On July 23, a Sunday, a Russian missile struck and heavily damaged the Transfiguration Cathedral, a Ukrainian Orthodox church and Odesa’s largest. This adds another Ukrainian religious site to the 116 already damaged or destroyed by the Russian military, a part of President Vladimir Putin’s drive to wipe out Ukrainian culture and heritage.
Yet just three days after the destruction of Odesa’s main cathedral, Russia called a meeting of the UN Security Council to complain about what it calls the persecution of the Ukrainian Orthodox Church. At issue is a proposed law that would ban Russia-affiliated Orthodox churches. Ukrainian President Volodymyr Zelenskiy described the legislation as designed to deny Moscow further ability to "weaken Ukraine from within."
Russia’s complaints are “cruelly ironic, given that Russian forces destroyed Odesa’s historic Transfiguration Cathedral just this week with a targeted Russian missile,” said United States Representative to the United Nations, Linda Thomas-Greenfield:
“According to UNESCO, roughly 270 cultural sites have been damaged since President Putin launched his full-scale invasion of Ukraine. The loss of Ukrainian cultural heritage is staggering, and it is truly shameful. And the attack on the historic Transfiguration Cathedral was just one of the many attacks Russia has carried out in the Odesa region this week.”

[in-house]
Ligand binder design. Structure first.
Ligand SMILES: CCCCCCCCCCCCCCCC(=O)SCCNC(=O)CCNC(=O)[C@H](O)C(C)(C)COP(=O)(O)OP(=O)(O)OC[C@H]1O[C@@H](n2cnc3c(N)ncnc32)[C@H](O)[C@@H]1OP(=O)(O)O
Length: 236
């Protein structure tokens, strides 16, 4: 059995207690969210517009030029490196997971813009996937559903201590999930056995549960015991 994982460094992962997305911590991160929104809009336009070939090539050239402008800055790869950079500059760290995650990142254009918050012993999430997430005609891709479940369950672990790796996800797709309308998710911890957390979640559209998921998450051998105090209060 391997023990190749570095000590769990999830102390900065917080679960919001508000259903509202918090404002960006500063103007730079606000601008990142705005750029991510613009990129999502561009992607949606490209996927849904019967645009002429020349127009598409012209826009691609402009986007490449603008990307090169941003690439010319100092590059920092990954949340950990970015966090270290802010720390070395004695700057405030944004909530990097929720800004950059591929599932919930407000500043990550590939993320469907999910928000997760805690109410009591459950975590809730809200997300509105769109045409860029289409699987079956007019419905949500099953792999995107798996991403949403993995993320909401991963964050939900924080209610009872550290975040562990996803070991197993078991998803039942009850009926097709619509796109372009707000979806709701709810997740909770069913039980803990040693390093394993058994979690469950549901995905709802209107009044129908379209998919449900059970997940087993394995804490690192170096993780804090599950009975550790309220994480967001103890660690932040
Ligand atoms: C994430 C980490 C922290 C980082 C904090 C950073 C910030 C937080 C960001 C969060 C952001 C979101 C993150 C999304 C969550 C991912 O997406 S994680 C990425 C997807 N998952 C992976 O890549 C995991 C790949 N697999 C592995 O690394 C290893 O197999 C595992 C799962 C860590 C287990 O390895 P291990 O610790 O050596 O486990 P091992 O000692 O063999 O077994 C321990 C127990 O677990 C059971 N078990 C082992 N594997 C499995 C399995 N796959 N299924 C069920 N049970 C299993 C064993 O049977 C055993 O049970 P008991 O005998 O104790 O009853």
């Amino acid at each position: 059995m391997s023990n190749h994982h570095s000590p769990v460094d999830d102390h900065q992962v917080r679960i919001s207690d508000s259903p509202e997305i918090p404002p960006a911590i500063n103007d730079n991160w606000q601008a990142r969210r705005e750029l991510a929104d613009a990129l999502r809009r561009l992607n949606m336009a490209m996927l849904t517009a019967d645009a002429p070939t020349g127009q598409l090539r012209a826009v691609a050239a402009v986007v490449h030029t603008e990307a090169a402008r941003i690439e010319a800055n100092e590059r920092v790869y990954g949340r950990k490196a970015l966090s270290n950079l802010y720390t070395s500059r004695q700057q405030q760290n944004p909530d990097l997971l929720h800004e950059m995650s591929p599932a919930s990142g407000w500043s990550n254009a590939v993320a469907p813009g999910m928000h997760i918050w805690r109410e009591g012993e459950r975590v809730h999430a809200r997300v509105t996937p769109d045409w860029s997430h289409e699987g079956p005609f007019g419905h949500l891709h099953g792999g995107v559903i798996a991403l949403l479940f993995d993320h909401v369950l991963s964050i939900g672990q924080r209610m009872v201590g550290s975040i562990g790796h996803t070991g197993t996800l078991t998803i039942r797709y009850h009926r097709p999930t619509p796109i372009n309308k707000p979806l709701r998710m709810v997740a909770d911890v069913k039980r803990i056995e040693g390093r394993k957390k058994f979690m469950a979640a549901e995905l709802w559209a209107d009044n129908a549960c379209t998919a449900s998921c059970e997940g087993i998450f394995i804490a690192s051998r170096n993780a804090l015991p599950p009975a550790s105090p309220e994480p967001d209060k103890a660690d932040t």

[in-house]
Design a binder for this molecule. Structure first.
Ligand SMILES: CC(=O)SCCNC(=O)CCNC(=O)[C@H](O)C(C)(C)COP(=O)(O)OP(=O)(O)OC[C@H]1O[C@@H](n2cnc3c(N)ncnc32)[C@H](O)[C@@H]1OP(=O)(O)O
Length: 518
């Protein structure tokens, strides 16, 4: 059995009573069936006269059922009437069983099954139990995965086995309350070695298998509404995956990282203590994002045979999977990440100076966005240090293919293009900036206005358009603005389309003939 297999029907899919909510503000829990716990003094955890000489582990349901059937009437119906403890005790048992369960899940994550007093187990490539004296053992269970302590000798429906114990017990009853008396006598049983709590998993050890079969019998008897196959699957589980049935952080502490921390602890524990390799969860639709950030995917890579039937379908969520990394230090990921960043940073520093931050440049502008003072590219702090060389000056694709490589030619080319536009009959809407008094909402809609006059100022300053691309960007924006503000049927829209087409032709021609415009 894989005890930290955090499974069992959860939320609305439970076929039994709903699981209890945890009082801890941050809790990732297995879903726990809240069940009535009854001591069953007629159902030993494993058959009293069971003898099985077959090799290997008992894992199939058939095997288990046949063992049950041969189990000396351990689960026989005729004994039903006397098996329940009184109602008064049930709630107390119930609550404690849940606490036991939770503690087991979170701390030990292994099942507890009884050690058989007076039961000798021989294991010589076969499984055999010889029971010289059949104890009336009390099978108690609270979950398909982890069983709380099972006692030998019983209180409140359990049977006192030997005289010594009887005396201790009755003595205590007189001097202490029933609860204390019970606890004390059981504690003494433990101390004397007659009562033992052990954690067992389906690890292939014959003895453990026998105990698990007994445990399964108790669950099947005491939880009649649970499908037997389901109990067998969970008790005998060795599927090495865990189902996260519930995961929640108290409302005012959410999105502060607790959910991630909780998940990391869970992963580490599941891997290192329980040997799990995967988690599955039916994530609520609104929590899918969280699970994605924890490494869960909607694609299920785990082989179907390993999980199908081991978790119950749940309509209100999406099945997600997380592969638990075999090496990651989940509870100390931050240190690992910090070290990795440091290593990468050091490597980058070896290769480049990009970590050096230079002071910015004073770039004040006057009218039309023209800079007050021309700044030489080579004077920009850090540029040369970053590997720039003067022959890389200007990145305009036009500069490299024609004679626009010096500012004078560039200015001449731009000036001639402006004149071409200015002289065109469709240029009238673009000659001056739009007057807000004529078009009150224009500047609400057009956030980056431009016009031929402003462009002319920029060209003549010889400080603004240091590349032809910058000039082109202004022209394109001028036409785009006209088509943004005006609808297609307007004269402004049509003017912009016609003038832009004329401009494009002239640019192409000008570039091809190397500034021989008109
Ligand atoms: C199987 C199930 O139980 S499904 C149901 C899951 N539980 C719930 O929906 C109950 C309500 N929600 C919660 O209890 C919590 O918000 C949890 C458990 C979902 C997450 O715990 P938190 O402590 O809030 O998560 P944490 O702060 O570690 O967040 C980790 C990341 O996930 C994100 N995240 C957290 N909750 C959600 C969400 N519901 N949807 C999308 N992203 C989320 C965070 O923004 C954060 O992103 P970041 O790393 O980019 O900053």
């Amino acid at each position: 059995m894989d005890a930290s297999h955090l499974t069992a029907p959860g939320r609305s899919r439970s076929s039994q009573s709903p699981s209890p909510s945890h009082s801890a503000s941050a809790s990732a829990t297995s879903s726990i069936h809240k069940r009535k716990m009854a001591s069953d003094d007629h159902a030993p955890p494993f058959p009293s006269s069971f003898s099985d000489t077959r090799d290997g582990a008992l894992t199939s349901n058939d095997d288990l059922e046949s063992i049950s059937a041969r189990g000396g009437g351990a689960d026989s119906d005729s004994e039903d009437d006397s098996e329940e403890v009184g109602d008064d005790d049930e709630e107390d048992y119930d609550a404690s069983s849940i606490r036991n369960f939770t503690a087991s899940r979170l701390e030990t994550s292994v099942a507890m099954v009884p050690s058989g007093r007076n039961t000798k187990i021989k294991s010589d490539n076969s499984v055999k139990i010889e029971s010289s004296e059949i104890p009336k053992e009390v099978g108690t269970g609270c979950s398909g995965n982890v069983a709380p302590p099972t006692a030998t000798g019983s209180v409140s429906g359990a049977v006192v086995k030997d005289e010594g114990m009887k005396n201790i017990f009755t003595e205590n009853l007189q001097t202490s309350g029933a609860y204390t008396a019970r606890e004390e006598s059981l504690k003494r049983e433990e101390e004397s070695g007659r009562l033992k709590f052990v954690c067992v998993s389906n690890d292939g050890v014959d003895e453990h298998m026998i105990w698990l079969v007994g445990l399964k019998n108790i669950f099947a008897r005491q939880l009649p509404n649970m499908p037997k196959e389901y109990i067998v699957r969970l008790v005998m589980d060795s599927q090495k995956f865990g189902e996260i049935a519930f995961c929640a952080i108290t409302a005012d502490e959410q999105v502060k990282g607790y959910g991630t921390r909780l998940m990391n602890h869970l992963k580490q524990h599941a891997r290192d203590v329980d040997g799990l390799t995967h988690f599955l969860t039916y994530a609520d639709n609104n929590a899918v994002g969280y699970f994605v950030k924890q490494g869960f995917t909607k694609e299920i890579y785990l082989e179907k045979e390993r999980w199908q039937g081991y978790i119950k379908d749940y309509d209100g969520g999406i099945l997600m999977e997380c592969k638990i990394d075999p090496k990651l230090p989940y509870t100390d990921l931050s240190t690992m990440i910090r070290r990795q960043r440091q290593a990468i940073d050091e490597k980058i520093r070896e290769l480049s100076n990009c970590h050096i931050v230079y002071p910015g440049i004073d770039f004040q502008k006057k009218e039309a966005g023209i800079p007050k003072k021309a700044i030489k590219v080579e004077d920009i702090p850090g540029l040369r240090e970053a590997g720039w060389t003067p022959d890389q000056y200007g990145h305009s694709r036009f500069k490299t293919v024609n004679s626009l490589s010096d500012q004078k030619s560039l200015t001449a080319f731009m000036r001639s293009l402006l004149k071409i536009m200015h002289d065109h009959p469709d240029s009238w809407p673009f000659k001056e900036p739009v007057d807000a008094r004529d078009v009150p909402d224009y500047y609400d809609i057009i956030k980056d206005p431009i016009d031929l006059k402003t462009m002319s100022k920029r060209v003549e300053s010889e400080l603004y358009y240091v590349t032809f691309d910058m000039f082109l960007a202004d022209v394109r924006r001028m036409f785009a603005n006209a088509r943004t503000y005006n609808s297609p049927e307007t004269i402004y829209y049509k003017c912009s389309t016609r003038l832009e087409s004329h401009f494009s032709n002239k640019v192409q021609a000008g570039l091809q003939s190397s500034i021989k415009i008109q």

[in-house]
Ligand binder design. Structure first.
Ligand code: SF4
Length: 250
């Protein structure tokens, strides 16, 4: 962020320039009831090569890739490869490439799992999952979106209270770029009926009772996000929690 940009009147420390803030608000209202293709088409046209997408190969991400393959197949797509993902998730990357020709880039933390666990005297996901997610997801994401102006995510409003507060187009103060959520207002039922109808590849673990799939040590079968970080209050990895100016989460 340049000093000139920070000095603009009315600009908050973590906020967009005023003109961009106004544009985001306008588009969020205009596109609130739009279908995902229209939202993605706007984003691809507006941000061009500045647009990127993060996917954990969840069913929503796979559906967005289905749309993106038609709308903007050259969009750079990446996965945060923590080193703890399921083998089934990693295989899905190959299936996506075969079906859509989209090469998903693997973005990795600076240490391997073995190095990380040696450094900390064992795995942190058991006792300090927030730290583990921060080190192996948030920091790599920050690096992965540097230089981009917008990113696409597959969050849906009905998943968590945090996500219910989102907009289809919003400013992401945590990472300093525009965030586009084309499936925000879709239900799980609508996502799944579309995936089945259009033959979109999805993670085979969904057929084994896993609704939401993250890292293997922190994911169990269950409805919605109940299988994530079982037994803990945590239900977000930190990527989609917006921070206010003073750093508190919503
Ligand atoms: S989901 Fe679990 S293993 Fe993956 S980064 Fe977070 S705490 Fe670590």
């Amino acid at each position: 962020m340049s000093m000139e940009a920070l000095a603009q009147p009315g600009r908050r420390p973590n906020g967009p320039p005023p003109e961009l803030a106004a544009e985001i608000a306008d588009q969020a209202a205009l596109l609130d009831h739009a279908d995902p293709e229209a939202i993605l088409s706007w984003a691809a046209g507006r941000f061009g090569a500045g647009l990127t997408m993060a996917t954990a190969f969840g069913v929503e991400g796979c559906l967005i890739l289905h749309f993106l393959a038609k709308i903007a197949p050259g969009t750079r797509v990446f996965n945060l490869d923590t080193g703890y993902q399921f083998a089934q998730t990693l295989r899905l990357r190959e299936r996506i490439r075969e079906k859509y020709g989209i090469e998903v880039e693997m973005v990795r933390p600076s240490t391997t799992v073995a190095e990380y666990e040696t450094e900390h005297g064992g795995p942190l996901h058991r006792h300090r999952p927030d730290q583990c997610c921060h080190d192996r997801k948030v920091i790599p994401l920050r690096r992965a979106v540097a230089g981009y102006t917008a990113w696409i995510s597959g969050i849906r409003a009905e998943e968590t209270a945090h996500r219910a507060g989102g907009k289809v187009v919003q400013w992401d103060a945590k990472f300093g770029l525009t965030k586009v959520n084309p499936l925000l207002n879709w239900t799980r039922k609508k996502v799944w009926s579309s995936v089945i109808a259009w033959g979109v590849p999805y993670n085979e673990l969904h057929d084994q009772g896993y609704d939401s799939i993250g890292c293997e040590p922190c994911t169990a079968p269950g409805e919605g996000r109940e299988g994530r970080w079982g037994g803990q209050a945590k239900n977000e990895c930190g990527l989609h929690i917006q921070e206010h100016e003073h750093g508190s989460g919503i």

Furthermore, Russia is “cynically complaining of mistreatment of the Ukrainian Orthodox Church while it engages in systematic religious oppression in territories under its occupation,” said Trina Saha, United States Deputy Political Counselor at the United Nations:
“Russia continues to mistreat members of religious minority groups in areas of Ukraine it occupies during its illegal war. Russia’s calling for this meeting after its destruction of Odessa’s historic Transfiguration Cathedral, which belongs to the very Ukrainian Orthodox Church the Russian government claims to be defending today, is appalling.”
According to Nihal Saad, Director of the UN Alliance of Civilizations, a monitoring mission documented enforced disappearance, arbitrary detention, torture, and deportations perpetrated by Russian armed forces against clergy and members of Ukrainian Greek Catholic and Christian Evangelical communities. They also ransacked and closed three Baptist places of worship in Melitopol.
“The United States takes seriously allegations of violations of human rights, including freedom of religion or belief. We expect all governments to respect human rights and fundamental freedoms,” said Counselor Saha. “We urge the Kremlin to cease its senseless war and respect the human rights of all and the safety of Ukraine’s civilian population, including members of all religious communities.”